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Companies Could Pay Nearly 14 Percent More Under Global Tax Deal

This would be an additional $150 billion a year, says IMF

Companies worldwide could collectively pay almost 14 percent more in corporate income taxes each year under a global tax deal that could be implemented as soon as 2023, according to new estimates from the International Monetary Fund.

The global tax deal, put forth by the Organization of Economic Cooperation and Development (OECD), would impose a 15 percent global corporate minimum tax on “consumer-facing” digital giants like Apple, Facebook, Google and Twitter. The plan has the backing of nearly 140 countries though European Union finance ministers are still seeking consensus on key pillars of the plan.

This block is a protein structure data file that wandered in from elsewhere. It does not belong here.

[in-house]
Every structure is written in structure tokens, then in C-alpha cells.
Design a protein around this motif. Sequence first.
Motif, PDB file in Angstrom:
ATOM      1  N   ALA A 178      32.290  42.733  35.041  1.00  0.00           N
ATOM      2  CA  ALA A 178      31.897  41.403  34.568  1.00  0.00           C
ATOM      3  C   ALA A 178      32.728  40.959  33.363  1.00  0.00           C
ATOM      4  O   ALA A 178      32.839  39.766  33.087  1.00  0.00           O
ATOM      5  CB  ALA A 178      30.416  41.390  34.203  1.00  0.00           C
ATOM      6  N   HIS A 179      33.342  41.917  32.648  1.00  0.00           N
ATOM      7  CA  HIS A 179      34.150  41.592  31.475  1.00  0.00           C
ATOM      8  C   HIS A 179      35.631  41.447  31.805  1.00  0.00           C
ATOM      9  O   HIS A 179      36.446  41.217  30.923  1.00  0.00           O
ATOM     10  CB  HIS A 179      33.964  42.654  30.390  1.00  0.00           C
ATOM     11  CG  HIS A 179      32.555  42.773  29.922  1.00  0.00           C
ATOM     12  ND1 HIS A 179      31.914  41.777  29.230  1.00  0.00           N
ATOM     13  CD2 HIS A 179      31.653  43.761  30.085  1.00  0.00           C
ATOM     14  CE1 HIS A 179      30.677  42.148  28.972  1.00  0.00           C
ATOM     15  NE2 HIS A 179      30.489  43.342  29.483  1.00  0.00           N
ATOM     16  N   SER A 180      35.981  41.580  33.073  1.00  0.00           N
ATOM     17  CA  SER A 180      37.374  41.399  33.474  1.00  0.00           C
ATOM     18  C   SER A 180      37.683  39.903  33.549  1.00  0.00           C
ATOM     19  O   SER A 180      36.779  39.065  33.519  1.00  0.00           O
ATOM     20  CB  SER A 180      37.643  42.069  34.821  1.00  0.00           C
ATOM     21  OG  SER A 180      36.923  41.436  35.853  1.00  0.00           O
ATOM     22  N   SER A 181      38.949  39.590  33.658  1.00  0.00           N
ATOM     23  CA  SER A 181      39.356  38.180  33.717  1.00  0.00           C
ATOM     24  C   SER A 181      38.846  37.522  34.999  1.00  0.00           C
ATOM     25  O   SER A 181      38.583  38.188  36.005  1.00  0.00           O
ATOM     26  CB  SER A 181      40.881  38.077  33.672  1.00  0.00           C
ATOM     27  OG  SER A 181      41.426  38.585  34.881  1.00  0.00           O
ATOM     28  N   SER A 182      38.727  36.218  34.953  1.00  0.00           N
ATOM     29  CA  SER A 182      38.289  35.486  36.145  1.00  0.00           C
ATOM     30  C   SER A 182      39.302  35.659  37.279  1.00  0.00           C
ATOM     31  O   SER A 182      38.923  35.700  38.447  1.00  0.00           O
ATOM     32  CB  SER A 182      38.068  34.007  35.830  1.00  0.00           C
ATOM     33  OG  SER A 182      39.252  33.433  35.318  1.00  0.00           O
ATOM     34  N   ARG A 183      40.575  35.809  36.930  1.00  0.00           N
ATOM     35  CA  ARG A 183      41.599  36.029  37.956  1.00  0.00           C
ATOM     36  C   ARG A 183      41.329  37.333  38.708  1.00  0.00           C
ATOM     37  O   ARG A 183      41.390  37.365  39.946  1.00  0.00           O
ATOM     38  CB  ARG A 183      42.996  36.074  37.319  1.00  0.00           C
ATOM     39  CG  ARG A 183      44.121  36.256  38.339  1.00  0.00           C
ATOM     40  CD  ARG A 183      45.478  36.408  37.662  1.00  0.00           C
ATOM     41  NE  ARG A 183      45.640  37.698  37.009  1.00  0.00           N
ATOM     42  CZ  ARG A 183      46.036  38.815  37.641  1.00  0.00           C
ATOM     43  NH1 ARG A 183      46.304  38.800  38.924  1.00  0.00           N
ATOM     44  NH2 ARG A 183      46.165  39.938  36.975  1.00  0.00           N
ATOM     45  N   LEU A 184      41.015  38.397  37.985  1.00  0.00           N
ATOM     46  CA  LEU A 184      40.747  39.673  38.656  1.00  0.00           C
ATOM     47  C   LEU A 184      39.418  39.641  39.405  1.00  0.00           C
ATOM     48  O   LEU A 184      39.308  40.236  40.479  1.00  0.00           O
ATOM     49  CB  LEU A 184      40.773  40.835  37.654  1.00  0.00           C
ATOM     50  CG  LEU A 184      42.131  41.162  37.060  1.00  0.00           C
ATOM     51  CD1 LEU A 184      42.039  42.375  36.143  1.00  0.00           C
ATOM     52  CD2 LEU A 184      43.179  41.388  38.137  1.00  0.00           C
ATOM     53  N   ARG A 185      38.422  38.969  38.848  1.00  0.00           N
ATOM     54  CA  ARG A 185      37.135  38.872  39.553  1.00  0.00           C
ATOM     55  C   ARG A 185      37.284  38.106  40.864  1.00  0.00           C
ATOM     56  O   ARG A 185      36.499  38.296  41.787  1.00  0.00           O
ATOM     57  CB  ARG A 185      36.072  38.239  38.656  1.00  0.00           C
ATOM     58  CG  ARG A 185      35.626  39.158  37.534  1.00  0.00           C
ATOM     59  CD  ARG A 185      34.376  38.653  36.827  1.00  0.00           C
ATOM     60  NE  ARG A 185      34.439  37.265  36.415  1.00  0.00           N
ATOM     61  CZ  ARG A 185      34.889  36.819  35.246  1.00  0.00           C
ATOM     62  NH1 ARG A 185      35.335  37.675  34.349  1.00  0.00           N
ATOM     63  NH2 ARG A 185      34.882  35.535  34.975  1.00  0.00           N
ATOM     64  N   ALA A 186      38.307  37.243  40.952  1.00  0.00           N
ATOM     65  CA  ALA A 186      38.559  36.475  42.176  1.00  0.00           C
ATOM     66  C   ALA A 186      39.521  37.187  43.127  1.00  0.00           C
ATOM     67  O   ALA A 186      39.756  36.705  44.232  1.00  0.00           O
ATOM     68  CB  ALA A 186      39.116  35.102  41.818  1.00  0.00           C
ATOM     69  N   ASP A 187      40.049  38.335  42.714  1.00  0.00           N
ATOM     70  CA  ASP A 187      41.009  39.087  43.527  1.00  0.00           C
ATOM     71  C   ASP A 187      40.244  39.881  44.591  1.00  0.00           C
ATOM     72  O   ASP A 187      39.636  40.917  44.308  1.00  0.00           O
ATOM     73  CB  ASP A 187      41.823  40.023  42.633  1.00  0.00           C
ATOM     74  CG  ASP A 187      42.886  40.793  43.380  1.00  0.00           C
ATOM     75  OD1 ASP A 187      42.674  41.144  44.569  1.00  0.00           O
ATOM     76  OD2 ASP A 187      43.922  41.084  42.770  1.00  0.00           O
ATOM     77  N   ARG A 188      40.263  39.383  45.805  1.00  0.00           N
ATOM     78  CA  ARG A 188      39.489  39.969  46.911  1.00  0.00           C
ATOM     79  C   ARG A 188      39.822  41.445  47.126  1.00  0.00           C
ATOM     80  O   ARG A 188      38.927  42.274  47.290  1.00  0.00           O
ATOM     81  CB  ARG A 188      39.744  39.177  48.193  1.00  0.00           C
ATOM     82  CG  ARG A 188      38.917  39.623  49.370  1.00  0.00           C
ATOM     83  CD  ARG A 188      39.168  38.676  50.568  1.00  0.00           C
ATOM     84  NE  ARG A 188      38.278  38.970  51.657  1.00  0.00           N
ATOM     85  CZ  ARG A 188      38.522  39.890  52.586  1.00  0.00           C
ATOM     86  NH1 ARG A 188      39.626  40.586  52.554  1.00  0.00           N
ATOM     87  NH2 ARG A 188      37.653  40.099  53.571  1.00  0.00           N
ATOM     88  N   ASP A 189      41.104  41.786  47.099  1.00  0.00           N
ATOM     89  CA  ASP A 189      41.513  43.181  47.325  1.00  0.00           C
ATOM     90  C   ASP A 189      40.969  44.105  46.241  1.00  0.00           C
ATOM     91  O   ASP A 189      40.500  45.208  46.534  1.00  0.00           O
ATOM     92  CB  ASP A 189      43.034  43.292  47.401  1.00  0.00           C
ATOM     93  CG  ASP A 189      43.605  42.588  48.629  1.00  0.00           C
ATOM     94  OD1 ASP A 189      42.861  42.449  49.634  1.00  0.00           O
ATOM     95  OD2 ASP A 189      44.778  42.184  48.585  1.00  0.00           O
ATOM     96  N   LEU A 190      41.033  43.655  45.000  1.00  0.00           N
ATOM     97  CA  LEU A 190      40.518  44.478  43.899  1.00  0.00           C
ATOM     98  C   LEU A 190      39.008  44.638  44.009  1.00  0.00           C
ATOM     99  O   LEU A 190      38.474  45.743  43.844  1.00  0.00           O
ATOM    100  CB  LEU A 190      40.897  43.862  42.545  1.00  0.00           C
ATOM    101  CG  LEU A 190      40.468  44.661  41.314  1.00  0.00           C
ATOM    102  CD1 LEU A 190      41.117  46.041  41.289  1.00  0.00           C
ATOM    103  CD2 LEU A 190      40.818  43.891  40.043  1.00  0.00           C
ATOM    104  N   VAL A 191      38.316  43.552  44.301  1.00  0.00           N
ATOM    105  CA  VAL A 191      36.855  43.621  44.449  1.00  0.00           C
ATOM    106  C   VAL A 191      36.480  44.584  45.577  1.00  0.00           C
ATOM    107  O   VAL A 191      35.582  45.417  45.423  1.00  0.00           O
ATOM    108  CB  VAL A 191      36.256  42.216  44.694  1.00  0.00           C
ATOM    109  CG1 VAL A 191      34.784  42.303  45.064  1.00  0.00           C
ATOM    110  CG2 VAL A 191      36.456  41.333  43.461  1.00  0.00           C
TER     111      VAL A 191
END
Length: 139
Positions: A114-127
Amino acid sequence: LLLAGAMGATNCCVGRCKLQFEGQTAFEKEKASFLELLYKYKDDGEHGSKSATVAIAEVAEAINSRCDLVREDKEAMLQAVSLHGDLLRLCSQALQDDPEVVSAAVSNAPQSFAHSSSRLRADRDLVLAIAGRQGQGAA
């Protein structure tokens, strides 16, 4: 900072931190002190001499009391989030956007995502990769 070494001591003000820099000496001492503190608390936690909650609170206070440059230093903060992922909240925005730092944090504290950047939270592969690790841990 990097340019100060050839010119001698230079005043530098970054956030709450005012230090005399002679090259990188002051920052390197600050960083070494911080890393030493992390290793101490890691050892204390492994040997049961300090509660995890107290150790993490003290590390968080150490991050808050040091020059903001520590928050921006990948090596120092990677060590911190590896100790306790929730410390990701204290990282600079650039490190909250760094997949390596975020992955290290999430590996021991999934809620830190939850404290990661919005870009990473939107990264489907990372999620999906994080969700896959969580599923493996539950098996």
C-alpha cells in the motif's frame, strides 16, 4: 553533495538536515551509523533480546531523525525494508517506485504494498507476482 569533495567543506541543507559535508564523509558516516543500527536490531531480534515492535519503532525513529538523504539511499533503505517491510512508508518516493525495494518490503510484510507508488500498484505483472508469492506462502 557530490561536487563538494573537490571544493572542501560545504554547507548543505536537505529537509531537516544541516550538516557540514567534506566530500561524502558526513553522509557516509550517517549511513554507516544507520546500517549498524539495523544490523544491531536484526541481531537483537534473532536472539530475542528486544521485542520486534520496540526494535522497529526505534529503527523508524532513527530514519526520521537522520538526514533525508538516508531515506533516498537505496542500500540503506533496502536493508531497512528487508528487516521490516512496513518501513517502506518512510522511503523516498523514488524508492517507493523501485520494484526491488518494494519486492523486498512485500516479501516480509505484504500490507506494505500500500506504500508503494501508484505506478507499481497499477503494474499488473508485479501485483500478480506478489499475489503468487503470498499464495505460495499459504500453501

According to the IMF’s estimates, the minimum tax would increase corporate tax payments worldwide about 5.7 percent, or roughly $150 billion, according to Bloomberg.

Treasury Secretary Janet Yellen has endorsed the global tax plan for the United States but Republican members of the Senate Finance Committee are still concerned about the effect of the OECD agreement on U.S. competitiveness and tax revenue.

This article was provided to OSAP by ASAE's Power of Associations and Inroads.

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